It can be difficult to diagnose children because not all symptoms develop in childhood. 85% of her EDS patients have hEDS. The Beighton test, while helpful, is not comprehensive. It does not include laxity in hip/shoulder joints, for example. She looks for pain in more than one joint, recurrent pain in a joint, excessive pain after joint injury, flat feet, easy bruising, skin abnormalities, scoliosis, hypermobility, and fatigue.

She recommends strengthening muscles and minimizing contact sports. Quitting sports altogether may not be the right choice, however, since fitness/strength is so important to upkeep. Swimming, biking, and walking are most recommended. PT is the most important part of treatment. Writing in school can be difficult, so she recommends pen/pencil accommodations, ring splints, and typing rather than writing when possible.

Of Dr. Kline's patients, 10% have already developed POTS and 20% have GI issues. She also sees excessive fatigue, brain fog, poor sleep quality (especially in females), pain, migraines, and hypotonia (decreased muscle tone). Despite the brain fog, she sees average or lower than normal rates of cognitive issues and autism.

Alan Hakim (Rheum)-- Hypermobility Spectrum Disorders

slides here

Researchers realized that the criteria are fuzzy and often in flux. Some patients who don't meet the criteria for EDS still have significant, and similar, symptoms. They've coined a new umbrella term: Hypermobility Spectrum Disorders (HSD). This spectrum spans all the way from perfectly healthy individuals who happen to have hypermobile joints to people with dozens of symptoms and comorbidities. **Note: Severity of pain and joint issues can exist equally at both ends of the spectrum.

At the medical professionals day on Sunday, Dr. Hakim urged physicians to approach new EDS patients with the following:

  • Time (this cannot be fixed in 15 minutes. He recommends an hour or two for the first appointment)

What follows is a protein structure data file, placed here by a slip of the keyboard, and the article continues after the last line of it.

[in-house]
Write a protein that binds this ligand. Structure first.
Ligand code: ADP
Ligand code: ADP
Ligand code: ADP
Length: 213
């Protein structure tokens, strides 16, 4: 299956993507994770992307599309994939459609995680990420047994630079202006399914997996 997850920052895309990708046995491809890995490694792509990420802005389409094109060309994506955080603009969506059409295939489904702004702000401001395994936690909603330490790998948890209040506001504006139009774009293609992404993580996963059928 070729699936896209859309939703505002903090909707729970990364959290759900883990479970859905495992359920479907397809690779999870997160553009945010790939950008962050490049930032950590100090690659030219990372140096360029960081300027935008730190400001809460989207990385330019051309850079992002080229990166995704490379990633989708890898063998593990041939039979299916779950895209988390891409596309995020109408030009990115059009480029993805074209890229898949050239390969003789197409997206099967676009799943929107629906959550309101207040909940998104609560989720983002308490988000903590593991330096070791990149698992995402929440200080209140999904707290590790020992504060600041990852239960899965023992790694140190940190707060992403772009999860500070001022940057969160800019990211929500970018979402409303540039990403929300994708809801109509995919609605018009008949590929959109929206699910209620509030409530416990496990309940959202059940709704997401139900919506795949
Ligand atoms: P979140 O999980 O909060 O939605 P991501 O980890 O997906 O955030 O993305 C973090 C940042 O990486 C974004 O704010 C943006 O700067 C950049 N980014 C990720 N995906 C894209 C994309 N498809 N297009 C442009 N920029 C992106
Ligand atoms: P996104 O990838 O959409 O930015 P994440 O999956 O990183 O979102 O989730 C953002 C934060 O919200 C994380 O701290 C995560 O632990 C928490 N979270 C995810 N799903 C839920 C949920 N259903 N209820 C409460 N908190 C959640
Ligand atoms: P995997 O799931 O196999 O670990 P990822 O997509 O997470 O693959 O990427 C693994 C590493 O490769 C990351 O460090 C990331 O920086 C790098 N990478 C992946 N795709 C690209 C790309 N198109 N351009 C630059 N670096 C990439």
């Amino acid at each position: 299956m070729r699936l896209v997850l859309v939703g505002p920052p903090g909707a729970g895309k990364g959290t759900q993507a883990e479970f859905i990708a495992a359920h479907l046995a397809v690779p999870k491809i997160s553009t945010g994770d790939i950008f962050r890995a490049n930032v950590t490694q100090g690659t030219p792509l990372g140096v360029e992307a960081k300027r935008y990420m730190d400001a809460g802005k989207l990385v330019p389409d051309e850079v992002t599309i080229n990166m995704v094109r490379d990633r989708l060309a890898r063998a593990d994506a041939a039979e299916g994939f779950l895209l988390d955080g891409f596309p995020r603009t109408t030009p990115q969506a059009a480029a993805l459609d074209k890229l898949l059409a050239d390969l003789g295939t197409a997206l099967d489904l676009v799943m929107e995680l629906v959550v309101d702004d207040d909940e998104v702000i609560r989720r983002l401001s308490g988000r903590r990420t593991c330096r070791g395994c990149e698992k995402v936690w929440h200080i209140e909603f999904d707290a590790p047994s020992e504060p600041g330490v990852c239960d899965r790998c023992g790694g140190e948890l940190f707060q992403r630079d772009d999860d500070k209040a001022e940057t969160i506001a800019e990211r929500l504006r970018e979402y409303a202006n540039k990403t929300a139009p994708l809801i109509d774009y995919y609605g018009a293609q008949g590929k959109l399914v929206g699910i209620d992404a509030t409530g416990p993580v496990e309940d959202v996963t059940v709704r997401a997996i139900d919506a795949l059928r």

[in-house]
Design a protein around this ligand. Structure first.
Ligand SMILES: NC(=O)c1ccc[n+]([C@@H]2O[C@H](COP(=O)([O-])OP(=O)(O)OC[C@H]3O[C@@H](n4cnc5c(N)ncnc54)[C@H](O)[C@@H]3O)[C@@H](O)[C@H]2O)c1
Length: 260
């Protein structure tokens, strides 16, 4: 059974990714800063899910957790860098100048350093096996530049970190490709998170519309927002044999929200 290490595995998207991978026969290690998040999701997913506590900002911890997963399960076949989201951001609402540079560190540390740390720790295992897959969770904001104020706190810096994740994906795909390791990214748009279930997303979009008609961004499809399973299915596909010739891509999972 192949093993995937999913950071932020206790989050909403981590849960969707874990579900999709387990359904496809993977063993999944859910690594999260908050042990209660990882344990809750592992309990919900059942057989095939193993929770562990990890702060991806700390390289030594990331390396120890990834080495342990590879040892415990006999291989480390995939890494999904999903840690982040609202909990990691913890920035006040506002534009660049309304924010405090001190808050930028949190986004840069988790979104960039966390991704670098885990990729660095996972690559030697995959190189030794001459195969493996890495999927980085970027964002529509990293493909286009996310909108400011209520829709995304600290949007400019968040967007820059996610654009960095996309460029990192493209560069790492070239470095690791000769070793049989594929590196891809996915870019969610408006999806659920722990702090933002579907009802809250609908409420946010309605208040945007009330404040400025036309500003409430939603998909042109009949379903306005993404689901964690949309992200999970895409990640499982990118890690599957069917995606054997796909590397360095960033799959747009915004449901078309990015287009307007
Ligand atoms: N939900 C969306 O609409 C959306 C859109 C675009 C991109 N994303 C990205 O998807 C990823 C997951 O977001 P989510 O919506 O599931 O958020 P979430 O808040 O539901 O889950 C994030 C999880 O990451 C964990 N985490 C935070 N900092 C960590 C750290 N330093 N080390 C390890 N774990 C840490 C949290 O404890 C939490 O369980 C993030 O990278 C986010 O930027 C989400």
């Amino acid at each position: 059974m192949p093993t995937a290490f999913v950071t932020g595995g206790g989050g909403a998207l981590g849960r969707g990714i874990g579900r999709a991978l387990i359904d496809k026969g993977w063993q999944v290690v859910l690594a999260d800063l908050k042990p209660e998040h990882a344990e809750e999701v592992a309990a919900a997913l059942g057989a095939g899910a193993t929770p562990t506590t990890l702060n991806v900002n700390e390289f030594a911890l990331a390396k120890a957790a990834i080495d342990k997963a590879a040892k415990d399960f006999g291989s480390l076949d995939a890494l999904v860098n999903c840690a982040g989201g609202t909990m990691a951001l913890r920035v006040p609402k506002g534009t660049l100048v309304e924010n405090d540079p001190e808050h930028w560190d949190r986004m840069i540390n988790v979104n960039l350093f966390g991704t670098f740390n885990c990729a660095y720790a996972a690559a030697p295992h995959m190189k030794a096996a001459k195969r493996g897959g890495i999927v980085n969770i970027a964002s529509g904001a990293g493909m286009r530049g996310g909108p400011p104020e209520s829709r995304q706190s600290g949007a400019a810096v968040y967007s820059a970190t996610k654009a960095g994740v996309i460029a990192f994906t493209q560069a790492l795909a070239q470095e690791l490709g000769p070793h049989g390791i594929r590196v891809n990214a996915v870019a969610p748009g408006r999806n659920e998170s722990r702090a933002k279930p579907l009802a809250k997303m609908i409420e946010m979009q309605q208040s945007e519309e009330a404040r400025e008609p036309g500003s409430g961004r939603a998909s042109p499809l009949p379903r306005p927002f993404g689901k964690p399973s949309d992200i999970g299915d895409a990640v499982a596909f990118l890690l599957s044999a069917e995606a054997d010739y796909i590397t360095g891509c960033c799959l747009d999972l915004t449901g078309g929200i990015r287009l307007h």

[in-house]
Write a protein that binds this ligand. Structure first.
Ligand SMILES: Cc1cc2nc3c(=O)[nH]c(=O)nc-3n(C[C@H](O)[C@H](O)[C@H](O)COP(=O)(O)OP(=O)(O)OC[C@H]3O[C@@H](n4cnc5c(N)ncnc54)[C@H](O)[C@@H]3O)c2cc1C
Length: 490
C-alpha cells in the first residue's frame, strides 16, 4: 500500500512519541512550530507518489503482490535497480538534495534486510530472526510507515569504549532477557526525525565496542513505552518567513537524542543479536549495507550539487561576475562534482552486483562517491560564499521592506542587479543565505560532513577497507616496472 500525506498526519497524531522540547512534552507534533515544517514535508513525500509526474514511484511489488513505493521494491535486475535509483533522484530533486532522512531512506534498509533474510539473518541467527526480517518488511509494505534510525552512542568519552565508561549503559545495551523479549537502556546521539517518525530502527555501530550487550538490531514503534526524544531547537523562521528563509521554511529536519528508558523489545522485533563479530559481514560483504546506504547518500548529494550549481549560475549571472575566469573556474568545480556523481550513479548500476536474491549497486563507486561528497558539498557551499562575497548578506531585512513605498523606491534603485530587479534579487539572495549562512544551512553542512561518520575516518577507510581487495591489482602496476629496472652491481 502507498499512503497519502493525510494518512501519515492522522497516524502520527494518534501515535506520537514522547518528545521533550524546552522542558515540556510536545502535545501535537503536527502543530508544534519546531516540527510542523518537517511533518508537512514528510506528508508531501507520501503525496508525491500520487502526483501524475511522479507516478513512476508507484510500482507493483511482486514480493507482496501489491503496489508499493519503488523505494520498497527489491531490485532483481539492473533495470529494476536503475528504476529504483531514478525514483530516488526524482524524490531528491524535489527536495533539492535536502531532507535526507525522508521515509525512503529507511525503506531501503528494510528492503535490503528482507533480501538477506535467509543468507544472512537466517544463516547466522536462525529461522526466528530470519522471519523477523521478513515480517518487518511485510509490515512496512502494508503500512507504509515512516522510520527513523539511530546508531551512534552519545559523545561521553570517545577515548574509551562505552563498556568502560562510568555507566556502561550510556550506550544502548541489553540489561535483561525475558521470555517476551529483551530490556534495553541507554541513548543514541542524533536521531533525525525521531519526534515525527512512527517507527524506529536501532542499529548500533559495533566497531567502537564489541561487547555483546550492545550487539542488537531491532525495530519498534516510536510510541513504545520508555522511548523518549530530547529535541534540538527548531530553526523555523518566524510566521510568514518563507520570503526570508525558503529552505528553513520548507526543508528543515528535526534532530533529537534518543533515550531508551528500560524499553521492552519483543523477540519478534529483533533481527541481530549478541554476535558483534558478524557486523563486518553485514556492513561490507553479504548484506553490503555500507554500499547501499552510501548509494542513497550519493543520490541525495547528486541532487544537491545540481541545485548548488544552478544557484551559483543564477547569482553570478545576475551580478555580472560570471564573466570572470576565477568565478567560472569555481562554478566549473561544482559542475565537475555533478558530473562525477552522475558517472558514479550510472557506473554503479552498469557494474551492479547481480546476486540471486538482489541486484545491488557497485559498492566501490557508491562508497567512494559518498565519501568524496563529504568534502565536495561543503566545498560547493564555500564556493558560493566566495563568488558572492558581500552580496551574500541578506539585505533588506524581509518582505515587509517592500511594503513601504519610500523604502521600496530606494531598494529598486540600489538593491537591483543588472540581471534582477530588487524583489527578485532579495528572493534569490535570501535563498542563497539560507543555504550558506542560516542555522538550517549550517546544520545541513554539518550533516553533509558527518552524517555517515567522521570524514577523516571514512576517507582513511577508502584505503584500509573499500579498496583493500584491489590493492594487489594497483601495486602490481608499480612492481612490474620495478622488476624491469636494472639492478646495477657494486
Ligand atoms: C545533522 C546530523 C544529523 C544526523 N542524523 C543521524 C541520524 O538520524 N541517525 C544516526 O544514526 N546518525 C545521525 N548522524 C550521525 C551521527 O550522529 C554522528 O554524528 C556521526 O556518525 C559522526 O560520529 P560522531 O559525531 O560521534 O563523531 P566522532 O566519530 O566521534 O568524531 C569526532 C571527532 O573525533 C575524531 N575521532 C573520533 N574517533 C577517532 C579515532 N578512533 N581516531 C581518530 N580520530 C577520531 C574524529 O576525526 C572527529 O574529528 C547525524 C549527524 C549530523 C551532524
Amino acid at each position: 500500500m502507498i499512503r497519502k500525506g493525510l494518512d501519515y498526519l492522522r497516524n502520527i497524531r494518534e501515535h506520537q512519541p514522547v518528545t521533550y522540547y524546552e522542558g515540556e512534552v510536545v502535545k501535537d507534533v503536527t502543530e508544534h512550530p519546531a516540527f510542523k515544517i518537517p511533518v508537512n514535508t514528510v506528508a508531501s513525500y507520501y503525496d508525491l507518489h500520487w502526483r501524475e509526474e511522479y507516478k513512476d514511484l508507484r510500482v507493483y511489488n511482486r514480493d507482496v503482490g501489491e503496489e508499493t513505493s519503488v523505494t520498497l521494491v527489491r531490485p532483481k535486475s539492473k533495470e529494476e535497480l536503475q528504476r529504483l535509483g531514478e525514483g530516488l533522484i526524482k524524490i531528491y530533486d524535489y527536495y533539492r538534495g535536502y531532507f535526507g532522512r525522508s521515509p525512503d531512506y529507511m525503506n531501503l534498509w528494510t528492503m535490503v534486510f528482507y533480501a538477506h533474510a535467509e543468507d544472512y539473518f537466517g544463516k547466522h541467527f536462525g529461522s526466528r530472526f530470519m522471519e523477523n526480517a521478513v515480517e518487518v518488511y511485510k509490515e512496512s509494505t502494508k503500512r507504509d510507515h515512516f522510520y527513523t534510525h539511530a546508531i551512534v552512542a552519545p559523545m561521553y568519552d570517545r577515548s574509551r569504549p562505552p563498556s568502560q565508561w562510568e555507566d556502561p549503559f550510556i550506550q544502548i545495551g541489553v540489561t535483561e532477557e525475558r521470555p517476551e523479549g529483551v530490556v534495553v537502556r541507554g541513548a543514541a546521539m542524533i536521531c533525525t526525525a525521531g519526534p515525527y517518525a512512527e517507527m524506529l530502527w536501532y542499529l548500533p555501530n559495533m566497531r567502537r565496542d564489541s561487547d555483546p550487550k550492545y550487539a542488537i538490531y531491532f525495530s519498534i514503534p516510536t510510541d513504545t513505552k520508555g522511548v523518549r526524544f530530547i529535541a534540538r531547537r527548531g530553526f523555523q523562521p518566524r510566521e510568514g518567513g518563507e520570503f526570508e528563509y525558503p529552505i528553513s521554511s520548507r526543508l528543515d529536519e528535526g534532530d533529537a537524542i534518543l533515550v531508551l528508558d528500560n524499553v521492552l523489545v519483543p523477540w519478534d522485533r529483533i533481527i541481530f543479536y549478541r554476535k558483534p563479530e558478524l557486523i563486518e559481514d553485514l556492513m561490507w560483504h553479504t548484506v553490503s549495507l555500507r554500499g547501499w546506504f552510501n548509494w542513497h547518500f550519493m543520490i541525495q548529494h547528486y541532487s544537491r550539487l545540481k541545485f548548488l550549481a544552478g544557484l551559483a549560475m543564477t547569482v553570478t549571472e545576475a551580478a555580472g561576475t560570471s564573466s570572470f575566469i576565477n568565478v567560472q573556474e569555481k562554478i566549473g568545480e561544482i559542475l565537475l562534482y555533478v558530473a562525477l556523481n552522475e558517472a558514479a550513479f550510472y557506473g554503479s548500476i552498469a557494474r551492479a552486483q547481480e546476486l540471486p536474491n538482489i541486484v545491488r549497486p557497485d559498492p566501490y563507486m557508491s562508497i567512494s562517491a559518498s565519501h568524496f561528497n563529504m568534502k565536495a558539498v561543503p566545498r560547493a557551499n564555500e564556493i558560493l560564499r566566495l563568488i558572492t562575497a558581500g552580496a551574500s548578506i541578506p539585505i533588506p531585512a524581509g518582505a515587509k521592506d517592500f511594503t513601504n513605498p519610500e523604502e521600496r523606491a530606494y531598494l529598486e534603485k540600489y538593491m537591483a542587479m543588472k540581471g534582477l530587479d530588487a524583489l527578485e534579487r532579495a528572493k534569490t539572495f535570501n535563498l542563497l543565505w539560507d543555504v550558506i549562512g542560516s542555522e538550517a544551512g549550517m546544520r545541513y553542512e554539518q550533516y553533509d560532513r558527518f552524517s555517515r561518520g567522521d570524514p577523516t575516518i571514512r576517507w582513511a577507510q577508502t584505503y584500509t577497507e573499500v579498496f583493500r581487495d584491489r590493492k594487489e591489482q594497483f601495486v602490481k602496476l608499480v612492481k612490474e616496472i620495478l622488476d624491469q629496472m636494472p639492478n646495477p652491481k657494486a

• Listen (your training is insufficient when it comes to EDS, so listen to what the patient intuitively knows and/or has researched. This also helps patients to not become re-traumatized by experiences with providers who did not let them feel heard)

  • Question (probe deeper -- patients may not think to share important details because they seem less crucial or just never occurred to them. For example I never once mentioned to a physician that my joints pop. Why would I think that had to do with my GI symptoms or headaches?)

  • Physical examination

  • Considerable thought

  • Follow through

  • Ask for help (this is new research! Doctors shouldn't expect themselves, or be expected, to be experts here)


  • Presence of hypermobility doesn't necessarily mean a hypermobility syndrome

  • Low Beighton scores do NOT necessarily mean absence of hypermobility

Leslie Russek -- importance of physical therapy in EDS treatment

This cannot be overstated. Maintaining mobility and strength are crucial tools for managing symptoms like pain, anxiety/depression, and POTS. I would not be where I am today without my PT and exercise regimen. I'll use this opportunity to make another plug for Muldowney PT in RI, and their book.

For Dr. Russek's thoughts on the matter, check out her slides.